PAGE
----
Shift in Energy Balance Includes Renewables, Efficiency

Editors note: when I read this, and then watched the videos from the WEO launch (included for your viewing pleasure below) it took all my self control to not jump out of my chair and scream "BOOYEAH".  And yes, I even thought of calling some EE non-believers out there and booyeah-ing them, however I'm a lady first and foremost, so I kept my glee to myself. 

Now, more from Dee...

All of us here at the SJVCEO have been preaching to anyone who will listen about the power of energy conservation. Well, now we can back that claim up with some pretty substantial clout. The International Energy Agency (IEA) released the 2012 edition of the World Energy Outlook (WEO) on November 12th. In that report the IEA states that North America leads the shift in global energy balance. That shift includes a movement to renewable energy and energy efficiency that will have a major impact on global energy and climate trends. North America is at the forefront of a sweeping transformation in oil and gas production that will affect all regions of the world, yet the potential also exists for a similarly transformative shift in global energy efficiency. According to the WEO, we can achieve energy savings equal to nearly a fifth of global demand in 2010. In other words, energy efficiency is just as important as unconstrained energy supply, and increased action on efficiency can serve as a unifying energy policy that brings multiple benefits.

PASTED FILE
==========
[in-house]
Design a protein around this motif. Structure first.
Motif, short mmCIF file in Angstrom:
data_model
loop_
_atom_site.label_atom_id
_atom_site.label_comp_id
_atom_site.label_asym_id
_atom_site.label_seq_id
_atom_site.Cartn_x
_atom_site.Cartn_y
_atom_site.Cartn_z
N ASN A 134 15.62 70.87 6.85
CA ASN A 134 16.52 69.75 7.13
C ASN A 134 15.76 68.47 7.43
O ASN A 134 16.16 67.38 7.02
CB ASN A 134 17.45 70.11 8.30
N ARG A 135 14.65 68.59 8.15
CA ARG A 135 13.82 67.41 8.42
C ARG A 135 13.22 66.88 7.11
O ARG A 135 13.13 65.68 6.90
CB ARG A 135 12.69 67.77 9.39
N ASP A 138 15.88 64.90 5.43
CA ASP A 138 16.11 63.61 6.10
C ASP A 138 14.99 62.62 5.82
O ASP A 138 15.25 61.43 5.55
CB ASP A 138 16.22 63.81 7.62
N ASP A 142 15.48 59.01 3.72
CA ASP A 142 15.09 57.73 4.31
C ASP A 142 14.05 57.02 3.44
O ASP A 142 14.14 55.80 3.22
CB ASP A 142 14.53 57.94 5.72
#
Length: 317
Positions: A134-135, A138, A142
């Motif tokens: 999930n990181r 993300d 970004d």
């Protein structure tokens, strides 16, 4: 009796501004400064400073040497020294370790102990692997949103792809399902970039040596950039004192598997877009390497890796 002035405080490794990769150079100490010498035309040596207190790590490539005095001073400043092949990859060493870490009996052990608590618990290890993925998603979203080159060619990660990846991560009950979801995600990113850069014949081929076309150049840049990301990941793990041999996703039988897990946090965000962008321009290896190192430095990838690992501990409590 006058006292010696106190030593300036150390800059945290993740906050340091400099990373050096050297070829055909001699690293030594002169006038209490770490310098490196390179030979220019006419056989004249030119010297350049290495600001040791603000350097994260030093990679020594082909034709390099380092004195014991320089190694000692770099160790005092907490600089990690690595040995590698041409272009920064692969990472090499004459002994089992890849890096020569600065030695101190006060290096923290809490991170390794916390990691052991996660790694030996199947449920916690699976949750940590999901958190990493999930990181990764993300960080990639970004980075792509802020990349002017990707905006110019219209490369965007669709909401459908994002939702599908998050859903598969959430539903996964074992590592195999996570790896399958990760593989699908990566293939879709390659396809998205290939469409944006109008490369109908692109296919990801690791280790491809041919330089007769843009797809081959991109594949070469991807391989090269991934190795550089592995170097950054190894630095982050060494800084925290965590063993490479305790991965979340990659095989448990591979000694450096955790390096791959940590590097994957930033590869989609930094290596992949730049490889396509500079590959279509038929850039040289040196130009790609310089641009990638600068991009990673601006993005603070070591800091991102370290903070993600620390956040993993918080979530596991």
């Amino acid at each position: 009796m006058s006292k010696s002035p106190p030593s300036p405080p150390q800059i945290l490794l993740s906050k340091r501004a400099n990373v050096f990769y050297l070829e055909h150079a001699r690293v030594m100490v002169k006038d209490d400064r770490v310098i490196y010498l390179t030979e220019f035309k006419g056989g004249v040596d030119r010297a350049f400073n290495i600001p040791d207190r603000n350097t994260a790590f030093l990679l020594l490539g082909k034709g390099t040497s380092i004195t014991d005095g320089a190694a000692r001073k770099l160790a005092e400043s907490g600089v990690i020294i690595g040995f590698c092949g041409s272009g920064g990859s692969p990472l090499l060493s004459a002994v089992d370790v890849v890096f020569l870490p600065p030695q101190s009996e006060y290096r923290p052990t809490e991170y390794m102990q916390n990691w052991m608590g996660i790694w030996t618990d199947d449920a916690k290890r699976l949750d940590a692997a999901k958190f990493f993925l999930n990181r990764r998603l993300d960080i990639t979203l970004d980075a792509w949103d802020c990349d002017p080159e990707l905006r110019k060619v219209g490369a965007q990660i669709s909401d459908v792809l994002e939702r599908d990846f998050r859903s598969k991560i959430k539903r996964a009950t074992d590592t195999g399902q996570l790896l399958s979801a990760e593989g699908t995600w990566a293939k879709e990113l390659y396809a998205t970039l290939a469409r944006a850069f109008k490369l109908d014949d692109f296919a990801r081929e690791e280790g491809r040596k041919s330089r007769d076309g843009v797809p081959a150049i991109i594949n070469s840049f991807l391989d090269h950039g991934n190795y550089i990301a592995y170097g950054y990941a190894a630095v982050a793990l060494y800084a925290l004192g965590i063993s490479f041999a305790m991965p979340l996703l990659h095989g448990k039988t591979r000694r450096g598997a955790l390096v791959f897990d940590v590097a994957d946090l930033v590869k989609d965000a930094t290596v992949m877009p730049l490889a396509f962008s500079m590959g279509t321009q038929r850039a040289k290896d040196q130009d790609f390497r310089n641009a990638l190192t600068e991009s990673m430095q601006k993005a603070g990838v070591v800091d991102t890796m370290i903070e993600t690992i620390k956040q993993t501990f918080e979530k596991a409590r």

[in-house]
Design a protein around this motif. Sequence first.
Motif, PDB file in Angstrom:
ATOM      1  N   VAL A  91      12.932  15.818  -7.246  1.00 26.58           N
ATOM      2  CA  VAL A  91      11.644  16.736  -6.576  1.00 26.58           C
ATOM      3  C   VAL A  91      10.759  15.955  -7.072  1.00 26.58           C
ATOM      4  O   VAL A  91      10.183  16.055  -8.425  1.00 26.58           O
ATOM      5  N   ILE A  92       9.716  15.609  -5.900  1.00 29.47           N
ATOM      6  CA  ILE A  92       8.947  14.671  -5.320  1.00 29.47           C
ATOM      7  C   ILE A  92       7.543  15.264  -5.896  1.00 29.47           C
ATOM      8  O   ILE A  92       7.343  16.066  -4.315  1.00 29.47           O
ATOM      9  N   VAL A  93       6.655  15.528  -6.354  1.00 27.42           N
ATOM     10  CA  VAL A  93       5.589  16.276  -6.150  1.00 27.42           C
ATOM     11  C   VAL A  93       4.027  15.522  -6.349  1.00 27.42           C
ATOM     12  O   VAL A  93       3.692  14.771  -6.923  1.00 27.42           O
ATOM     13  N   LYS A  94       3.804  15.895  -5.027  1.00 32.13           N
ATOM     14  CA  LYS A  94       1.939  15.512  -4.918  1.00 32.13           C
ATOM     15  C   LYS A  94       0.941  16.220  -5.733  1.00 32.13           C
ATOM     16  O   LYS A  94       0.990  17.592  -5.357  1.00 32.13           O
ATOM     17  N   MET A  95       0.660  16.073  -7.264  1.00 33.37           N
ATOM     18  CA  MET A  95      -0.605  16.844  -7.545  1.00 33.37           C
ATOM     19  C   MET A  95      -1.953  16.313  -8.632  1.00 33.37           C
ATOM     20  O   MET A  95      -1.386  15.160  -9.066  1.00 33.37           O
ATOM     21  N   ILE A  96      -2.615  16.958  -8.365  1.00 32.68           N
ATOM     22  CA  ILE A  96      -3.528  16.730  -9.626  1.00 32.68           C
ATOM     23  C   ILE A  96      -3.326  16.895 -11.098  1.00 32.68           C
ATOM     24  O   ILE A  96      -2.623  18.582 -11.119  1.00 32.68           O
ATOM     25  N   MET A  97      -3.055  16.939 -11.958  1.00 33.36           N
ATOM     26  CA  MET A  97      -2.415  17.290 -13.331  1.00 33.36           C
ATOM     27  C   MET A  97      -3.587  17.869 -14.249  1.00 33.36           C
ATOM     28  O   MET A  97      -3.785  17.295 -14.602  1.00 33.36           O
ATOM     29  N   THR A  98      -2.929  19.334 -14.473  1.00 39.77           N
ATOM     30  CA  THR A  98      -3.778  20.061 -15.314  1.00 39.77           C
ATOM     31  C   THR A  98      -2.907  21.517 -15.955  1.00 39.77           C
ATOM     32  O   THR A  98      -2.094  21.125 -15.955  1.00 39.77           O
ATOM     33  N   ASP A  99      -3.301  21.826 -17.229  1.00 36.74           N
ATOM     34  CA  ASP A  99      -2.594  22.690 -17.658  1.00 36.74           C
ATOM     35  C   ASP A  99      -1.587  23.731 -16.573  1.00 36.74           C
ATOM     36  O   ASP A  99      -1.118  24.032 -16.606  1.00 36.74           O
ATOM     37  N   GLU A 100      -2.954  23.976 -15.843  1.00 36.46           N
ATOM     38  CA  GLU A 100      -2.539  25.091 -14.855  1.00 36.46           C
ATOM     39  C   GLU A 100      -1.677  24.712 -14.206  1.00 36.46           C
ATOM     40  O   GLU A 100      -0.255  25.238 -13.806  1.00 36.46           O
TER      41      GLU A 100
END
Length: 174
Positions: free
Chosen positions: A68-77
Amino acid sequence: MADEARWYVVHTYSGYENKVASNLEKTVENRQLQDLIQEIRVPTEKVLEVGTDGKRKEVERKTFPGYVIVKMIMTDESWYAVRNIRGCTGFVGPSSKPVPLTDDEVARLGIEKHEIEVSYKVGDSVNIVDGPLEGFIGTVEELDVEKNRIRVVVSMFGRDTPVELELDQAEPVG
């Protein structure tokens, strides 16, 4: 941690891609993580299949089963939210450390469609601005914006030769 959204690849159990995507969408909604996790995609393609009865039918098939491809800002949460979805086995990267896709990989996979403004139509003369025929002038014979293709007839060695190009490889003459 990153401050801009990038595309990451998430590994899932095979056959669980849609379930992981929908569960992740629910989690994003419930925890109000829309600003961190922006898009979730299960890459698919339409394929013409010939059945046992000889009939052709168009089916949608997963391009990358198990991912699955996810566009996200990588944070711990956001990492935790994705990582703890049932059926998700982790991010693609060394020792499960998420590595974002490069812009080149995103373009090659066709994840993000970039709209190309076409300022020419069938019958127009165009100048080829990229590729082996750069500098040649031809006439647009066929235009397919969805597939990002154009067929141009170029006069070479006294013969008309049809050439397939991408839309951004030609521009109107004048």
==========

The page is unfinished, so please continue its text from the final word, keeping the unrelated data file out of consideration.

The report calls out six areas that need to be addressed in order to make the “efficient World Scenario,” a scenario that shows what energy efficiency improvements can be achieved simply by adopting measures that are justified in economic terms. The steps include making energy efficiency clearly visible along with its economic gains, as well as including efficiency concerns into decision making in government, industry, and society. The IEA report urges policy leaders to deploy a mix of regulations to discourage the least energy efficient approaches, while incentivizing the most energy efficient actions.

The report also projects that renewable energy sources could become the world's second-largest source of power generation by 2015, closing in on coal as the primary source by 2035. The projection noted that this is based on continued subsidies, which amounted to $88 billion in 2011.

--Dee Cox

photo credit: International Energy Agency, World Energy Outlook 2012,